Facets: Issue 11

January 22, 2016

It's not your fault

Julia Chou
"It felt paradoxical to me that I felt both extreme anger and empathy for him at the same time."

Even years after experiencing sexual harassment at the hands of her manager at Google, the repercussions— both physical and physiological— continue to make their presence felt in Chou's life. But she shares the experience with us in this raw, profoundly honest post, as well as a few things that she wishes she'd known at the time. Chief among those things: if you are being sexually harassed, it is not your fault.

Finding support as a new (senior) woman leader

Lara Hogan
"had I not felt this particular kind of support from the company I work for, I probably wouldn't still be in tech."

It's often the case that employers and individuals want to support minorities in tech, but don't necessarily know how. There's never an easy answer, but in this post, Lara Hogan describes the very specific kind of support that she is offered by those around her— and its nuances— as she takes part in diversity initiatives. She acknowledges that there is still a ways to go, but hopes that her experience can help others find similar encouragement.

The Hearing Monoculture Rejects Those Who Can’t Hear

David Peter
"Communication is so hard, and when people discover that I need to communicate differently, they balk at barriers and talk to me less and less— until finally I’m left standing alone."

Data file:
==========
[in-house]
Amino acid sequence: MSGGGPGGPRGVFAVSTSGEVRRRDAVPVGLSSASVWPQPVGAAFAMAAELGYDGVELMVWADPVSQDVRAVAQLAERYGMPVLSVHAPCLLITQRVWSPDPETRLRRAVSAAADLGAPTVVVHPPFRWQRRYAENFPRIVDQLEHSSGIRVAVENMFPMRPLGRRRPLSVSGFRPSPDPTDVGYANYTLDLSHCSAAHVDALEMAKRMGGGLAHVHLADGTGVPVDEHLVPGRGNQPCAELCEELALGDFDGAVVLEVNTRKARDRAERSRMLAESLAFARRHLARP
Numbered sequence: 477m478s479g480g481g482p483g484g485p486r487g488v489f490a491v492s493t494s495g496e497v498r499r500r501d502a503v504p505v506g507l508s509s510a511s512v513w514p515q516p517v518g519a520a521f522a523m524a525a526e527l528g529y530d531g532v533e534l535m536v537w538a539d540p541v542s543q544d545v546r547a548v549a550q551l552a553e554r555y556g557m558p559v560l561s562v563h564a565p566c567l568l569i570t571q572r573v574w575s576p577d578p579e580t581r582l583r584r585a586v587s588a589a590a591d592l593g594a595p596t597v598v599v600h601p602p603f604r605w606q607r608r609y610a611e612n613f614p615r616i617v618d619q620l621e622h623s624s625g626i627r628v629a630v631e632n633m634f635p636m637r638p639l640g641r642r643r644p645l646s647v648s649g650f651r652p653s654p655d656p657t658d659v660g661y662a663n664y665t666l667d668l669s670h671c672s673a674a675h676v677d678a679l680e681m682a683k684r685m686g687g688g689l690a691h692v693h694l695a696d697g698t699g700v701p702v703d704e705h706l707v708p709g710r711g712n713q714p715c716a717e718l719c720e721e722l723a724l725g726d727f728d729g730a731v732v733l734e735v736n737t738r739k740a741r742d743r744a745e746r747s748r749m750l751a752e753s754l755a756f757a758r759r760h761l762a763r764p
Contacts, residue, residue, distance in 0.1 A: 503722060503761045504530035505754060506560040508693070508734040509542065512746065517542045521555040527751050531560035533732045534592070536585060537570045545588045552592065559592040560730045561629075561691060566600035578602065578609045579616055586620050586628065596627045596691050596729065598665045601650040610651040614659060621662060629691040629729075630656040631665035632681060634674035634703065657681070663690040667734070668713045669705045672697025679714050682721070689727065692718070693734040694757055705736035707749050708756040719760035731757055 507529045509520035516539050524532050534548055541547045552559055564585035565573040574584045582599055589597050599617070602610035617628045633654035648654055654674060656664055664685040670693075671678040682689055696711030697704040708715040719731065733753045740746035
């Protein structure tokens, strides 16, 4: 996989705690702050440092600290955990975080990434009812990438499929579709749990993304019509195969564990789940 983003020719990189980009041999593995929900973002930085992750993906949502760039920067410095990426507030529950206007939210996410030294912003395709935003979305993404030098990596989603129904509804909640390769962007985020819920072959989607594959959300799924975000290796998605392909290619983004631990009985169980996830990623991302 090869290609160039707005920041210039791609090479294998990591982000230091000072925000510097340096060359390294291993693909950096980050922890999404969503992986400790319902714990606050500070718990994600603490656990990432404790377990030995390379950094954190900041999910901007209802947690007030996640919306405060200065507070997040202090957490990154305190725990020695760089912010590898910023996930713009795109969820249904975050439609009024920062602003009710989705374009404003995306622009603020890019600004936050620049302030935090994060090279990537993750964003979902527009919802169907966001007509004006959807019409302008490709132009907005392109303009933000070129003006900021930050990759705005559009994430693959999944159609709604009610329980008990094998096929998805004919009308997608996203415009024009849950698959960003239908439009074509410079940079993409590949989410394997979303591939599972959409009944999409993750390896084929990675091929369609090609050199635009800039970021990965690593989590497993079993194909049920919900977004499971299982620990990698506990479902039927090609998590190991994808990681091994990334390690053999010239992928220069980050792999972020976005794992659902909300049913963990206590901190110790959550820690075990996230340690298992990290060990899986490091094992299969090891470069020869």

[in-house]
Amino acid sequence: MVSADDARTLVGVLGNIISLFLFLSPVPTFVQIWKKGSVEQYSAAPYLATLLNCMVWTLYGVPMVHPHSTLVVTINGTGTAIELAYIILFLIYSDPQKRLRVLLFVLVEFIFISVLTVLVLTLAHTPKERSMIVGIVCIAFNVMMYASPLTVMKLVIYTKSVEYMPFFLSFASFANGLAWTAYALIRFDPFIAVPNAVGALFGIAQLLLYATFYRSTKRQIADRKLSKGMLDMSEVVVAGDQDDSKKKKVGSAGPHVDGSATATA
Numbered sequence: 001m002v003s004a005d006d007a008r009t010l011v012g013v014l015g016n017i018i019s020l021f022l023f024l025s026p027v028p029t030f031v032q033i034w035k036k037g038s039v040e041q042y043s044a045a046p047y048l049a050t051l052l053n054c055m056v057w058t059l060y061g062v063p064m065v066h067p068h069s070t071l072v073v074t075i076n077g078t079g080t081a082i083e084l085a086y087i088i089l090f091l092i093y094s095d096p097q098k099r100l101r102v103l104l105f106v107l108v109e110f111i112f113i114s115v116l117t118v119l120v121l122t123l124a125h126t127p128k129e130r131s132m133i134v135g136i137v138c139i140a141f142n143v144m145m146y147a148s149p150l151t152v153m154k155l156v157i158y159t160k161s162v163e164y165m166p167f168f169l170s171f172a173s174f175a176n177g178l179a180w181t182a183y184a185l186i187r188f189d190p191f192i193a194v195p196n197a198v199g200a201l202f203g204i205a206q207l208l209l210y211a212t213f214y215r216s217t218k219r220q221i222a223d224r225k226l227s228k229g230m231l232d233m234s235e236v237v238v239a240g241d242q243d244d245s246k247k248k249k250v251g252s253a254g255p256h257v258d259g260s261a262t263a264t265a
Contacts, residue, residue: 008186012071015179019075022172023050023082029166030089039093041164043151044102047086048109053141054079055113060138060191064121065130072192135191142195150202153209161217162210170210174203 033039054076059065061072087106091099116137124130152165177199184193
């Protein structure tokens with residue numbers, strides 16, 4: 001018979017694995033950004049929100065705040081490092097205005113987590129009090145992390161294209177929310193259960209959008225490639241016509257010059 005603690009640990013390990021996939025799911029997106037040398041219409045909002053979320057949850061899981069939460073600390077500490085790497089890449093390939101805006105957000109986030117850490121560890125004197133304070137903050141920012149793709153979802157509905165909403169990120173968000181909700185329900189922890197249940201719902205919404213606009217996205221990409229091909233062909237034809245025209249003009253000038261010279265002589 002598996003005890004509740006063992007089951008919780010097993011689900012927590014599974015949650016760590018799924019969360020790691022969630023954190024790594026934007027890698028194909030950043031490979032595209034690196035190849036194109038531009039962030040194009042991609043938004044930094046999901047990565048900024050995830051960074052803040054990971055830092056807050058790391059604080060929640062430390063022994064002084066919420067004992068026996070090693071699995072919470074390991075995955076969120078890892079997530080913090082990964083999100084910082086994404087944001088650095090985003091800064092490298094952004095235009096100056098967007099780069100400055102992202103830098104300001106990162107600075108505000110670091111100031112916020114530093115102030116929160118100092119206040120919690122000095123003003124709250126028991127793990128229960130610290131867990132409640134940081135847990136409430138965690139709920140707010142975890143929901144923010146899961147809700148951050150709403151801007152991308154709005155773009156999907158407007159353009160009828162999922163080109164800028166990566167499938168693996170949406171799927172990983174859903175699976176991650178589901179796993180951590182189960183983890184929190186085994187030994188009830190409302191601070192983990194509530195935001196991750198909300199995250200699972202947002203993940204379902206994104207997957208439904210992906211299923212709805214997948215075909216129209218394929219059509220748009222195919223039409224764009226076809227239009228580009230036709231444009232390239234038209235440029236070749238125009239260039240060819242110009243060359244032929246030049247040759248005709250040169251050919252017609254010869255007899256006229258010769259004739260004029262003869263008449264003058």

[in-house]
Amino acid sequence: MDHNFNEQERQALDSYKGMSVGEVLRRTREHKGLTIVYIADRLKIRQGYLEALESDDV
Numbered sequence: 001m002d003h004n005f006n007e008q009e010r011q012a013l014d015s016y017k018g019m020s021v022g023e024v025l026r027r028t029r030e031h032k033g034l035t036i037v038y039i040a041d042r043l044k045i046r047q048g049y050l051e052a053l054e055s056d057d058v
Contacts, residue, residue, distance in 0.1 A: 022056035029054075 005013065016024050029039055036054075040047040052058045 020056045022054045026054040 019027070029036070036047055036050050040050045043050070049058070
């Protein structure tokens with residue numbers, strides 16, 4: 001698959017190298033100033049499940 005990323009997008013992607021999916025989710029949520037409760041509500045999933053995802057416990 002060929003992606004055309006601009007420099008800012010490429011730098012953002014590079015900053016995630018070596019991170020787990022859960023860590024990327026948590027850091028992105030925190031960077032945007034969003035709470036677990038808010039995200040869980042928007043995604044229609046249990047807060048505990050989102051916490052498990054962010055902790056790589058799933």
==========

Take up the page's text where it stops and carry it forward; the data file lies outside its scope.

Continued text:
By telling the story of his experiences as a deaf person, David Peter unravels the very concept of communication and what it means, as well as the implicit biases that plague our everyday language and behaviour— not just in tech but in our worlds at large. After spending thirteen years learning to work within a hearing culture, he points out that it’s now our turn to take the time and consider how thoughtful communication impacts inclusion.

I Didn't Want to Lean Out

Frances Hocutt
"There’s a profoundly un-empathetic line of thought that goes: 'Diversity is good. This woman is adding to diversity in STEM. Her leaving decreases diversity. Therefore, she is bad to leave.'"

In this piece, Hocutt details the experiences that led to her leaving the world of science (organic chemistry in particular), despite a lifelong love for it. She describes choosing self-respect, health, and happiness, but receiving pushback as a result. She describes taking that pushback and turning it into an excuse to leave, finding support, and rediscovering new dreams instead— one of which is building spaces in which she feels welcome.

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